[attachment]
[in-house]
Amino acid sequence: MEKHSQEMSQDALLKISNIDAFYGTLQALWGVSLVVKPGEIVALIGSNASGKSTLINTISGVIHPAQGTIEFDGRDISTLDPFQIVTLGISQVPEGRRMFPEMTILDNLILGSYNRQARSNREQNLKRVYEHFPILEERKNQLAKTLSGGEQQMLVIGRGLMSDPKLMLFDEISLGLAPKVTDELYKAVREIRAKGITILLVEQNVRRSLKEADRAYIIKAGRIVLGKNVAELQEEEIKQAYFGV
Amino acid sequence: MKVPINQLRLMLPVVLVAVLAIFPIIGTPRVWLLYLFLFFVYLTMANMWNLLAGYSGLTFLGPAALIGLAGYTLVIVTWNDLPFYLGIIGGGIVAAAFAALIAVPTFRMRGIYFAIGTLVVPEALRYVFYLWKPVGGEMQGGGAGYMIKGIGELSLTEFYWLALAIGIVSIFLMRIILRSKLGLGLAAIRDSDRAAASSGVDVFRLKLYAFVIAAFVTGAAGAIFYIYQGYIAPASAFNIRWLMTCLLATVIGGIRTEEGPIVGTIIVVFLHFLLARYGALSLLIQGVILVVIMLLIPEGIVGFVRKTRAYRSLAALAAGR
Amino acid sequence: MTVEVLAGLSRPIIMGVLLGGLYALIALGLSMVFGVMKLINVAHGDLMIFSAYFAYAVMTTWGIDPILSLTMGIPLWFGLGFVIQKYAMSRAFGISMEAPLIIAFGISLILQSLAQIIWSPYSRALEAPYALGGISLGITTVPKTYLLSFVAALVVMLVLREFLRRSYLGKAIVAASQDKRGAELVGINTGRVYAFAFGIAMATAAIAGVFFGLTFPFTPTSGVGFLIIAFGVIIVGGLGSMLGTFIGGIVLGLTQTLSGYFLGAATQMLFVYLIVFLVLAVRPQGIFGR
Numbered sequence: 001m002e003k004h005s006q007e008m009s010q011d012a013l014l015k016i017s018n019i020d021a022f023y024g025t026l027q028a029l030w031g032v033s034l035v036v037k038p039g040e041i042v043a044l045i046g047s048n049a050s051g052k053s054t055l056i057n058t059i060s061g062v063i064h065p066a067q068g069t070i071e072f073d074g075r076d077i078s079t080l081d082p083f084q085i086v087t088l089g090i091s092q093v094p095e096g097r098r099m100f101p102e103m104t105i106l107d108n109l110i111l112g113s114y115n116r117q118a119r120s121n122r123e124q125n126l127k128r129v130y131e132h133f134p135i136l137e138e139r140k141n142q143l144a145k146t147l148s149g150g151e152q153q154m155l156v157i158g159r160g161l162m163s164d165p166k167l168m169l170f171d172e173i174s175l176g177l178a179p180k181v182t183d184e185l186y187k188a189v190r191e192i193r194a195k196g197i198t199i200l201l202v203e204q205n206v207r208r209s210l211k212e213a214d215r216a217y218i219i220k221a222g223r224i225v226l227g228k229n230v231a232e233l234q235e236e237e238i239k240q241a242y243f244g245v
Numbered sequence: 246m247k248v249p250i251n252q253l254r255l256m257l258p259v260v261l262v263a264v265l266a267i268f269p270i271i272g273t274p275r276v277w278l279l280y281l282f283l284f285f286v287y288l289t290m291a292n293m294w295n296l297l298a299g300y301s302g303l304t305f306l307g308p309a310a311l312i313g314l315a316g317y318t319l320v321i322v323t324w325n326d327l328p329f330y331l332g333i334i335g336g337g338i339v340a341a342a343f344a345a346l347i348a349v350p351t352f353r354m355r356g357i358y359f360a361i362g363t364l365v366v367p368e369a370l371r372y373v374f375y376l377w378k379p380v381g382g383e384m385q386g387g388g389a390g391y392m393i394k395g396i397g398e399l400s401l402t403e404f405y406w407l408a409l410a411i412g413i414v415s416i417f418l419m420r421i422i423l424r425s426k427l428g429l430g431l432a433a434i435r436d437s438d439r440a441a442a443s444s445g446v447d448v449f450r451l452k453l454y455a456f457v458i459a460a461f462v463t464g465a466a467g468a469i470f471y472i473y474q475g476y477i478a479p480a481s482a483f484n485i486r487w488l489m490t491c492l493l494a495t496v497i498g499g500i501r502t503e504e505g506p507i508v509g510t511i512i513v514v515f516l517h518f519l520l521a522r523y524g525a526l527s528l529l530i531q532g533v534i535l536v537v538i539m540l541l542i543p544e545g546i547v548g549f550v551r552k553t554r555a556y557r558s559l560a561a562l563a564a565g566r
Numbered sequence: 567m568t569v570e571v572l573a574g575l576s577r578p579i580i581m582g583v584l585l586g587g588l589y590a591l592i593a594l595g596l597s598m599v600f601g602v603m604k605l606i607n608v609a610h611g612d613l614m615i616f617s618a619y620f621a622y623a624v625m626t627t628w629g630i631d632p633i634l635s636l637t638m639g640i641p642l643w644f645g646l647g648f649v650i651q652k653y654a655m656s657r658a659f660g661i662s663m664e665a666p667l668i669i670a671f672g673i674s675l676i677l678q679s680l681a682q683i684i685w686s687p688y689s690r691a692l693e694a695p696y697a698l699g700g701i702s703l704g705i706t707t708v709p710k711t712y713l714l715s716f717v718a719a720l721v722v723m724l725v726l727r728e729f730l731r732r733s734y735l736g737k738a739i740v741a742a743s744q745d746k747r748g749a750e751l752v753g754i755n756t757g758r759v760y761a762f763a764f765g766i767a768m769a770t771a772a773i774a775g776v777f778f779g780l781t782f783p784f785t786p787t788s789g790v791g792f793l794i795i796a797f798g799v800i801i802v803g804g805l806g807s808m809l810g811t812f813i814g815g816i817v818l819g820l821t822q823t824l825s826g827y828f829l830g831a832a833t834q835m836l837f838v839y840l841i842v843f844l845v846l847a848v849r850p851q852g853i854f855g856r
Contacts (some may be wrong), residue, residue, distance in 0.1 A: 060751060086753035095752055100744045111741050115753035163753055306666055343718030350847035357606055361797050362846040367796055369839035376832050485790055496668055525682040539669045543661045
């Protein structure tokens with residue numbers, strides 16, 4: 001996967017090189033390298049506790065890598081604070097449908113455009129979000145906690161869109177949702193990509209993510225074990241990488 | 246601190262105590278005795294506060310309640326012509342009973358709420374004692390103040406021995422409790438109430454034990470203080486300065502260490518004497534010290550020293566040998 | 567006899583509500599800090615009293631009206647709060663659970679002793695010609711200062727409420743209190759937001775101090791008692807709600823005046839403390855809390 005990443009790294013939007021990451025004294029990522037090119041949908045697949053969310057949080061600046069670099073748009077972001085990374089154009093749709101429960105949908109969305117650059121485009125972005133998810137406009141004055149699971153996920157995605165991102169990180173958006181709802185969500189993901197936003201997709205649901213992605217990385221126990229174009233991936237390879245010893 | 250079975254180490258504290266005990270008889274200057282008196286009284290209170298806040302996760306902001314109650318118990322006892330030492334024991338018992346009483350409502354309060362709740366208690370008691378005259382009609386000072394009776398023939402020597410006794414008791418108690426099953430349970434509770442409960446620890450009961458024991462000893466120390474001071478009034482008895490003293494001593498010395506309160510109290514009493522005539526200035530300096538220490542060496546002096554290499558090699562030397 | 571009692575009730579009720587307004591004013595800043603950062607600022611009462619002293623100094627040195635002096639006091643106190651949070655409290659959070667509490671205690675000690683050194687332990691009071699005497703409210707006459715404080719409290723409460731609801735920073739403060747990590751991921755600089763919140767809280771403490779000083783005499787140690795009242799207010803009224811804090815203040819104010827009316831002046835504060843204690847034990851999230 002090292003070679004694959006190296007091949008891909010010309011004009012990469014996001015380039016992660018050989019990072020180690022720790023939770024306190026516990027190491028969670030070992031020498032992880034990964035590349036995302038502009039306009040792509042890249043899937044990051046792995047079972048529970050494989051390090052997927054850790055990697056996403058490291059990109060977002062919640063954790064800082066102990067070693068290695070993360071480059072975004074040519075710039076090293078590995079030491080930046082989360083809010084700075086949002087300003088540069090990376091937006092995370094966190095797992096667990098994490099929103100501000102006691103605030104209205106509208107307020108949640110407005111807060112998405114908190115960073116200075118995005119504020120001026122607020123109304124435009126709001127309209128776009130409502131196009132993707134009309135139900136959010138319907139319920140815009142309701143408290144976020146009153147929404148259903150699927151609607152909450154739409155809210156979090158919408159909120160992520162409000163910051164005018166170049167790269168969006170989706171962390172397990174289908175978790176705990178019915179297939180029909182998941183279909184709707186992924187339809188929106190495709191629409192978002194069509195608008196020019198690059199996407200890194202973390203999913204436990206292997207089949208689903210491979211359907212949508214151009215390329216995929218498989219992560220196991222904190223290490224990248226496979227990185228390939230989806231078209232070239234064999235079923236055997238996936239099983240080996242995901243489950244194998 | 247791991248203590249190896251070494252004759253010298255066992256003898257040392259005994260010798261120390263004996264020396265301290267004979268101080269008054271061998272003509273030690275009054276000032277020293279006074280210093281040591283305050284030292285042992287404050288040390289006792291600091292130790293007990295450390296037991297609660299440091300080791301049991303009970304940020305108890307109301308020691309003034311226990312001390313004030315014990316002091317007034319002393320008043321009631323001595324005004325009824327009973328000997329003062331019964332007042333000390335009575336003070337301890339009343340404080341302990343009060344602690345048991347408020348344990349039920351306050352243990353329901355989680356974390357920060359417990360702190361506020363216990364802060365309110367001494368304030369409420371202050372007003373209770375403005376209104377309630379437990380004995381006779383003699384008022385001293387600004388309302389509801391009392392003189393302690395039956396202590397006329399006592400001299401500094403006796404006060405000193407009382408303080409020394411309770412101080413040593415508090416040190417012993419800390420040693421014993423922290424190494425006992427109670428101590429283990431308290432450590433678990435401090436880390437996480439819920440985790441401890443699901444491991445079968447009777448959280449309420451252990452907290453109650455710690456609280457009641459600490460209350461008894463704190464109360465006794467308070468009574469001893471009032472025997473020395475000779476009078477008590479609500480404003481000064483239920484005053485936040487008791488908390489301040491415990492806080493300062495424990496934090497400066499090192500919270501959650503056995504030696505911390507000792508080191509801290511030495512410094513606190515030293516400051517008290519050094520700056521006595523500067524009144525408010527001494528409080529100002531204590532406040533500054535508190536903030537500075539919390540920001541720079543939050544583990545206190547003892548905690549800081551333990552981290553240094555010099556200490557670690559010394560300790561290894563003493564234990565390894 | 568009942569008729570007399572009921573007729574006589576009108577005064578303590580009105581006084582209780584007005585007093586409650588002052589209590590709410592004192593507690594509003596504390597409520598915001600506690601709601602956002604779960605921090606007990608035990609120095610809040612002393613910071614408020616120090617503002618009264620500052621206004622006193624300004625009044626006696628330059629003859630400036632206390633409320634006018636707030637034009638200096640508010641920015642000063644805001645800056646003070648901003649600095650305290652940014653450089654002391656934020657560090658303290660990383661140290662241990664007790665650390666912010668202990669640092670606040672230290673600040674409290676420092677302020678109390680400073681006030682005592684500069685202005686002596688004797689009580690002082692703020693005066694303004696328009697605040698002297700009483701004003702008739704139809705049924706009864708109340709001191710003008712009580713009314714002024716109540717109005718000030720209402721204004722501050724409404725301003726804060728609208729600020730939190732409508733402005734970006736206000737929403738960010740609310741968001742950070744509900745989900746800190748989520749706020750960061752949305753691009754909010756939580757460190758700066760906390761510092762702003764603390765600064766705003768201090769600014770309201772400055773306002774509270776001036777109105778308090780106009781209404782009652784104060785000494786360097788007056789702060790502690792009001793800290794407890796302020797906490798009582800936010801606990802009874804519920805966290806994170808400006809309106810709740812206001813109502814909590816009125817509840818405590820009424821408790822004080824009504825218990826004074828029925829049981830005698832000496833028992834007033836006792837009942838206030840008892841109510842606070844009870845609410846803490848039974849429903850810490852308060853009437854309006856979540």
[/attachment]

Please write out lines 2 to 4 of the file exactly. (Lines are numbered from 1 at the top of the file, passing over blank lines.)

Amino acid sequence: MEKHSQEMSQDALLKISNIDAFYGTLQALWGVSLVVKPGEIVALIGSNASGKSTLINTISGVIHPAQGTIEFDGRDISTLDPFQIVTLGISQVPEGRRMFPEMTILDNLILGSYNRQARSNREQNLKRVYEHFPILEERKNQLAKTLSGGEQQMLVIGRGLMSDPKLMLFDEISLGLAPKVTDELYKAVREIRAKGITILLVEQNVRRSLKEADRAYIIKAGRIVLGKNVAELQEEEIKQAYFGV
Amino acid sequence: MKVPINQLRLMLPVVLVAVLAIFPIIGTPRVWLLYLFLFFVYLTMANMWNLLAGYSGLTFLGPAALIGLAGYTLVIVTWNDLPFYLGIIGGGIVAAAFAALIAVPTFRMRGIYFAIGTLVVPEALRYVFYLWKPVGGEMQGGGAGYMIKGIGELSLTEFYWLALAIGIVSIFLMRIILRSKLGLGLAAIRDSDRAAASSGVDVFRLKLYAFVIAAFVTGAAGAIFYIYQGYIAPASAFNIRWLMTCLLATVIGGIRTEEGPIVGTIIVVFLHFLLARYGALSLLIQGVILVVIMLLIPEGIVGFVRKTRAYRSLAALAAGR
Amino acid sequence: MTVEVLAGLSRPIIMGVLLGGLYALIALGLSMVFGVMKLINVAHGDLMIFSAYFAYAVMTTWGIDPILSLTMGIPLWFGLGFVIQKYAMSRAFGISMEAPLIIAFGISLILQSLAQIIWSPYSRALEAPYALGGISLGITTVPKTYLLSFVAALVVMLVLREFLRRSYLGKAIVAASQDKRGAELVGINTGRVYAFAFGIAMATAAIAGVFFGLTFPFTPTSGVGFLIIAFGVIIVGGLGSMLGTFIGGIVLGLTQTLSGYFLGAATQMLFVYLIVFLVLAVRPQGIFGR